Concerned Christian Friend: What’s with all these doctors appointments?  You keep going to doctors and they haven’t told you what is wrong yet?  Why can’t they give you an answer?  Do you think it’s good for you to keep going to all these doctors, to keep having tests, and to not get treatment that’s helpful?

Me: (Thinking: Where do I start?  That was several questions all wrapped up into one…!)  It seems that my health conditions are quite complicated and some diseases I have are rare, and some of them require a diagnosis of exclusion, which means we have to test for nearly everything else before the doctor can say that I have diagnosis X, so it does take considerable amounts of time and testing to figure out what I’ve got.  I have specialists and then I have special-specialists; I’ve got a whole lot of body systems that are out of line, and for each one I tend to need at least one specialist, if not several.  I wouldn’t be going to doctors if I didn’t need to.  I think we’ve made considerable progress in some areas in the last few years through my attention to my medical needs and seeing these doctors.  They aren’t perfect; they are trying to help, but sometimes they just can’t do any more for me.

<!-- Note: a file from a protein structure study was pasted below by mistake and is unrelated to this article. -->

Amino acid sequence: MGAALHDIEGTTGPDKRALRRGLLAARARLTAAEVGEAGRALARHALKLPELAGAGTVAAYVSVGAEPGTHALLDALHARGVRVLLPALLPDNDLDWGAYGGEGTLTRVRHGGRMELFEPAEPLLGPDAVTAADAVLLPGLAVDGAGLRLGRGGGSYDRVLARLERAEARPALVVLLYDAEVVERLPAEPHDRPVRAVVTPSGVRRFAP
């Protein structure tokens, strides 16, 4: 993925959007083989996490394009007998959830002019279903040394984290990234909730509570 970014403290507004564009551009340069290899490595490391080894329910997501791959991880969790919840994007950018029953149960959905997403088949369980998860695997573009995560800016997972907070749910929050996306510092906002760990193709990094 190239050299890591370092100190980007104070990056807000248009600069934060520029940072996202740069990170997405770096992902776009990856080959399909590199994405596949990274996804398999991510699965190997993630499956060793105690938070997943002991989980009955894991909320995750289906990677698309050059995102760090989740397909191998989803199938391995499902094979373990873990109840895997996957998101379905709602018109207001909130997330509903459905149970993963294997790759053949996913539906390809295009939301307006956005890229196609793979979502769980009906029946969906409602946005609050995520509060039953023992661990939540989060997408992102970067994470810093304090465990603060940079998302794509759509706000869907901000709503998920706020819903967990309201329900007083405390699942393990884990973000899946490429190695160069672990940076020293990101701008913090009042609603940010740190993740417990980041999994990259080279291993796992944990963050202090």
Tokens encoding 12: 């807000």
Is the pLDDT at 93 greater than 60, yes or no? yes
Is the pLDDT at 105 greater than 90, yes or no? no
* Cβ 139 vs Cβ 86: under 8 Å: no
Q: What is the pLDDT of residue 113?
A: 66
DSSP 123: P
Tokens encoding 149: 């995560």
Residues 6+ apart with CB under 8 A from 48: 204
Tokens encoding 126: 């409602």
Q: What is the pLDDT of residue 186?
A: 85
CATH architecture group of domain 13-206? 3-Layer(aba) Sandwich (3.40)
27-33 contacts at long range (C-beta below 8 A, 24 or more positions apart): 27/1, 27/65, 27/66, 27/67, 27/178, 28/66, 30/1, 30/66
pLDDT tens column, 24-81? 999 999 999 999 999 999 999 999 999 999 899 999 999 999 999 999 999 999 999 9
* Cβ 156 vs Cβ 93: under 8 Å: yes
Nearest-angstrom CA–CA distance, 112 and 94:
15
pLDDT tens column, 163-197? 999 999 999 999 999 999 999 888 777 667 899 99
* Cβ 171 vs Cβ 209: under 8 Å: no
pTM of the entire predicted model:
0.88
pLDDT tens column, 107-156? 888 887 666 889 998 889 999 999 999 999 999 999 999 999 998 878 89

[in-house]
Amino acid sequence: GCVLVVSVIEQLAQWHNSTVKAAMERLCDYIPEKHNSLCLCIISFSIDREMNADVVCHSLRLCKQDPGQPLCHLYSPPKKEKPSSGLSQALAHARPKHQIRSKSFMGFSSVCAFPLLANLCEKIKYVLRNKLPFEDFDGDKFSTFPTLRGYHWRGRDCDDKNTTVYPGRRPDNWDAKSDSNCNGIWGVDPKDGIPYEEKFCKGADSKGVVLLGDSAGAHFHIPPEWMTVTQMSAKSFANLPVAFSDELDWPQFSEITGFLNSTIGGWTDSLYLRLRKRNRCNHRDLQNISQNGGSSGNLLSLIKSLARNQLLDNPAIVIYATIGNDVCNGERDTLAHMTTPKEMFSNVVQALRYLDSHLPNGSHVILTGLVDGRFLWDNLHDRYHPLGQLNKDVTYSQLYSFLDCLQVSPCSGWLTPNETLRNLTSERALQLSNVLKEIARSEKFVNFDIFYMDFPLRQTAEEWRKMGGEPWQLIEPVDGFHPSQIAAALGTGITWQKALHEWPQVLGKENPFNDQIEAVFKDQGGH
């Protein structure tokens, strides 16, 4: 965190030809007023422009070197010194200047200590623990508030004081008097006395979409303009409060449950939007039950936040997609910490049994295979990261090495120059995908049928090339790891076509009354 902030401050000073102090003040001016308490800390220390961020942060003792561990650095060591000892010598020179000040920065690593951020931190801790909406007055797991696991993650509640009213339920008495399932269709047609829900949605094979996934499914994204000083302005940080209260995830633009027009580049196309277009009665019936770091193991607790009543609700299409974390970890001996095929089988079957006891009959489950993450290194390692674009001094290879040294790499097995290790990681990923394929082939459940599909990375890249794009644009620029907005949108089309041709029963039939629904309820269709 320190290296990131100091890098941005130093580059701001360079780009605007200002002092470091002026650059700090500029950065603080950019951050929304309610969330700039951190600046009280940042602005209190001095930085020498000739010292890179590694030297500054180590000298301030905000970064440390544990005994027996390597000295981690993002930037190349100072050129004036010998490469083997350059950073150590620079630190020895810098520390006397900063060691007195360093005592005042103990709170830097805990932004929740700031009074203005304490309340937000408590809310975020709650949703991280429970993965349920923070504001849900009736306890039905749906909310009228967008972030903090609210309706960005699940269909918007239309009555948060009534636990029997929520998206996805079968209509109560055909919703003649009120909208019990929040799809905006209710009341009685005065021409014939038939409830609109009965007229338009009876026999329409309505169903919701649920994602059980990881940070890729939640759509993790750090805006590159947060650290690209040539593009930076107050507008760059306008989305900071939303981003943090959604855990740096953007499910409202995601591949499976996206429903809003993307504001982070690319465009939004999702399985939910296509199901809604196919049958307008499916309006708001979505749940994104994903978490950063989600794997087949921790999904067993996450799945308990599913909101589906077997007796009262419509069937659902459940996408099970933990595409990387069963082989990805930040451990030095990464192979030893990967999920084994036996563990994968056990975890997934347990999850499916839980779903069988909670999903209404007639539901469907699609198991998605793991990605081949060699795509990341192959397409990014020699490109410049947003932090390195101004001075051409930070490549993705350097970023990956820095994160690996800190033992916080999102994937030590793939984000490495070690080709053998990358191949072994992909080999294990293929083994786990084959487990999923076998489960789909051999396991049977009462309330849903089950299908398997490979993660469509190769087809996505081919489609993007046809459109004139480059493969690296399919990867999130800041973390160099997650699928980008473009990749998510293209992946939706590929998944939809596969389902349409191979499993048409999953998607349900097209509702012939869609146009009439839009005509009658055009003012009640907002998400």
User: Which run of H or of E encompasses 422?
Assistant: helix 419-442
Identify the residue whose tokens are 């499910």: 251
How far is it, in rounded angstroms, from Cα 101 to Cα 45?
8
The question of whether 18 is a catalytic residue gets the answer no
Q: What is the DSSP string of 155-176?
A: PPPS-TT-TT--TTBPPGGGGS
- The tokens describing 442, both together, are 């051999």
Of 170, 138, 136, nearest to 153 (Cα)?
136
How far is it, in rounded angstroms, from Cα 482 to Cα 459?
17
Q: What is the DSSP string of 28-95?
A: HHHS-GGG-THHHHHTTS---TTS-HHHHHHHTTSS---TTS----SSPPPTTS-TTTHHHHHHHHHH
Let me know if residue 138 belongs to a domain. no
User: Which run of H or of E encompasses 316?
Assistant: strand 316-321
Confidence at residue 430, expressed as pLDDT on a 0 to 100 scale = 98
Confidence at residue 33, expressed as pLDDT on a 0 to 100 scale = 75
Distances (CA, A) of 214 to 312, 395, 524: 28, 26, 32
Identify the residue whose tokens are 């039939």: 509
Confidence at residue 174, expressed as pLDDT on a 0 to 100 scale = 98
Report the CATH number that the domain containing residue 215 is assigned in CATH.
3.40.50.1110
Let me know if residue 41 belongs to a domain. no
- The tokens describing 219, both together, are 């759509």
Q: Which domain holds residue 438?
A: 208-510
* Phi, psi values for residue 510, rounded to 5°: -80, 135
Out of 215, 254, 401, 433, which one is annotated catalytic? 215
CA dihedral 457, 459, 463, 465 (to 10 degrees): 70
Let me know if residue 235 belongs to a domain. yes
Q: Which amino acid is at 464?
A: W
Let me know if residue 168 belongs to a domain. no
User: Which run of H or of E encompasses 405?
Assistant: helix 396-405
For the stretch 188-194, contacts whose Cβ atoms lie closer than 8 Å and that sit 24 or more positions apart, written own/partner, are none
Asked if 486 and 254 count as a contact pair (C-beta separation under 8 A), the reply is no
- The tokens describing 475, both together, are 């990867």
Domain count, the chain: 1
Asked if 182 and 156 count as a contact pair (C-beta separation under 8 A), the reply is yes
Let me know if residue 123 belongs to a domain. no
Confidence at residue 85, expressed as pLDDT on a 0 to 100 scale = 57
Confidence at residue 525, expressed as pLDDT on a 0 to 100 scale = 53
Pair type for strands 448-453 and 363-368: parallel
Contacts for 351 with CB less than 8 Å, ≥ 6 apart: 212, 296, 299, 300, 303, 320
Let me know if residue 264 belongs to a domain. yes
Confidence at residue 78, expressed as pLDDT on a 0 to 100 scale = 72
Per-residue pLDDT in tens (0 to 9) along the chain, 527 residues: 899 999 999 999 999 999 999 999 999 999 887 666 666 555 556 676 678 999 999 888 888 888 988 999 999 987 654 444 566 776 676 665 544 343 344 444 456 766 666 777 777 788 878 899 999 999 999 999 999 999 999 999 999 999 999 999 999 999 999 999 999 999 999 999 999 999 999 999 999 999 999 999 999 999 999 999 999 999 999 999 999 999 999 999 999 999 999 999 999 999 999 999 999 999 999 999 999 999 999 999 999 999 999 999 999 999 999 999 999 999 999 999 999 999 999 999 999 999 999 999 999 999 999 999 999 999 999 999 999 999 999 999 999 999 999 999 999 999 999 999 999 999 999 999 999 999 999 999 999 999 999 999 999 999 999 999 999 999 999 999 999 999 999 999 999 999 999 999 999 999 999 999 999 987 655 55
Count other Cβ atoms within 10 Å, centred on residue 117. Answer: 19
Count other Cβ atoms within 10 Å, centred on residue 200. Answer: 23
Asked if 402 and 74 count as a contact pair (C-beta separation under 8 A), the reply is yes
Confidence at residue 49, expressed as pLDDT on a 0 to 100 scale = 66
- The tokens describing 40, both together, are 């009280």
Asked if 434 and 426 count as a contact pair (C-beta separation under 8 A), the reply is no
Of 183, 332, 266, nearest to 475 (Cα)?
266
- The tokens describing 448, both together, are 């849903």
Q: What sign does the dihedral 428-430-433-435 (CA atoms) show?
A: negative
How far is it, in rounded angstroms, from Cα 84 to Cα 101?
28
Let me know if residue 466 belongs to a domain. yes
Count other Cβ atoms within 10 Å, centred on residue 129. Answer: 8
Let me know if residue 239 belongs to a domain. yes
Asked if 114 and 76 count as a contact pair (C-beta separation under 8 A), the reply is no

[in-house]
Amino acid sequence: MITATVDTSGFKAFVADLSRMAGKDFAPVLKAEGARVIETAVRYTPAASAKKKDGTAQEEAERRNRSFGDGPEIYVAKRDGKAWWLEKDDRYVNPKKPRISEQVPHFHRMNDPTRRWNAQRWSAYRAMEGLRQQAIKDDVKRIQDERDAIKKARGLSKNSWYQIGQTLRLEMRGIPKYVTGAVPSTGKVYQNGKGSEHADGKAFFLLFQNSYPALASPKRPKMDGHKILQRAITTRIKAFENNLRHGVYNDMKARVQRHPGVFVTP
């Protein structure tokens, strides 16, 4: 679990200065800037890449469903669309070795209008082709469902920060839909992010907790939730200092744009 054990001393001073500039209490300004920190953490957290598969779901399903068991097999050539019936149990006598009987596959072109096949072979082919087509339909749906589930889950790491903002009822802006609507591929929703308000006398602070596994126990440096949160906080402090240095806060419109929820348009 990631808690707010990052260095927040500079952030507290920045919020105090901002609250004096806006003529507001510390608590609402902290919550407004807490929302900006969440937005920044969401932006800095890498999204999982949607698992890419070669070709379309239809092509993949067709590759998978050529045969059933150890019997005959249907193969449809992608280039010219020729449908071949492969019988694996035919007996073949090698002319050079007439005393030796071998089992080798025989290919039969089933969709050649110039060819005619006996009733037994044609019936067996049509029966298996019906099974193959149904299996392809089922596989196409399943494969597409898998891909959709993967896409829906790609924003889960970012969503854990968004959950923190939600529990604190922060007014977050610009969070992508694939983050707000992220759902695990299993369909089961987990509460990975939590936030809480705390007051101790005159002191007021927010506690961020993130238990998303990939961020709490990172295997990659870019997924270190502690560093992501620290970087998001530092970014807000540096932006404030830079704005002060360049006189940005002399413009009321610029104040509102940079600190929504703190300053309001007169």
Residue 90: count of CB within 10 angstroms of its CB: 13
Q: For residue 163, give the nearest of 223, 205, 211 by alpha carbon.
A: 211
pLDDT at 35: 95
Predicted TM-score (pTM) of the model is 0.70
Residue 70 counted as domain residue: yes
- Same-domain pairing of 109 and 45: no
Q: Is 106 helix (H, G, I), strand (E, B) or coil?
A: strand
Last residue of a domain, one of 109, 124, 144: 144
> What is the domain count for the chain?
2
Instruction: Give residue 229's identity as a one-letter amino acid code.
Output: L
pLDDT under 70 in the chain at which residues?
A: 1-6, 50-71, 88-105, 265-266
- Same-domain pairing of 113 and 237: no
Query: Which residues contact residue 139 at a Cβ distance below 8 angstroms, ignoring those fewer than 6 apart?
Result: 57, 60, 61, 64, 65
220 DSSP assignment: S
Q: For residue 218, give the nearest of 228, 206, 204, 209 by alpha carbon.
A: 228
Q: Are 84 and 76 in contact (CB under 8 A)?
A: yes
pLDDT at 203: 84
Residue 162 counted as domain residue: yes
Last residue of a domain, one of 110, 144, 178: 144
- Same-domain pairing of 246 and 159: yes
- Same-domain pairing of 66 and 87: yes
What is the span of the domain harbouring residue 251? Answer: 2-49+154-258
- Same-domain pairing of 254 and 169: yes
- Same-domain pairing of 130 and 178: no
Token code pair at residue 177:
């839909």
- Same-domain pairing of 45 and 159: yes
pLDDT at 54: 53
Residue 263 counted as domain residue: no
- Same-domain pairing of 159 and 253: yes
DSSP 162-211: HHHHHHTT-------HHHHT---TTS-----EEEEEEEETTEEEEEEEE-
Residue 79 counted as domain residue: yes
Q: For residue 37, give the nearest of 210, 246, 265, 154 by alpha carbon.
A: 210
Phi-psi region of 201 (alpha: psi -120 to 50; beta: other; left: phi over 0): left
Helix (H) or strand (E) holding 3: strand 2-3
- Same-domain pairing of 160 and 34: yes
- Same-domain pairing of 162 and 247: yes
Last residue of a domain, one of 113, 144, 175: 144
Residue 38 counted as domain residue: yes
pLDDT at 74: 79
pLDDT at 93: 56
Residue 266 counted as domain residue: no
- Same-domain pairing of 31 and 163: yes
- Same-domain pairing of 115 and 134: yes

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Concerned Christian Friend: I just don’t understand why they cannot help you then.  You keep going to doctors and you seem to keep getting worse.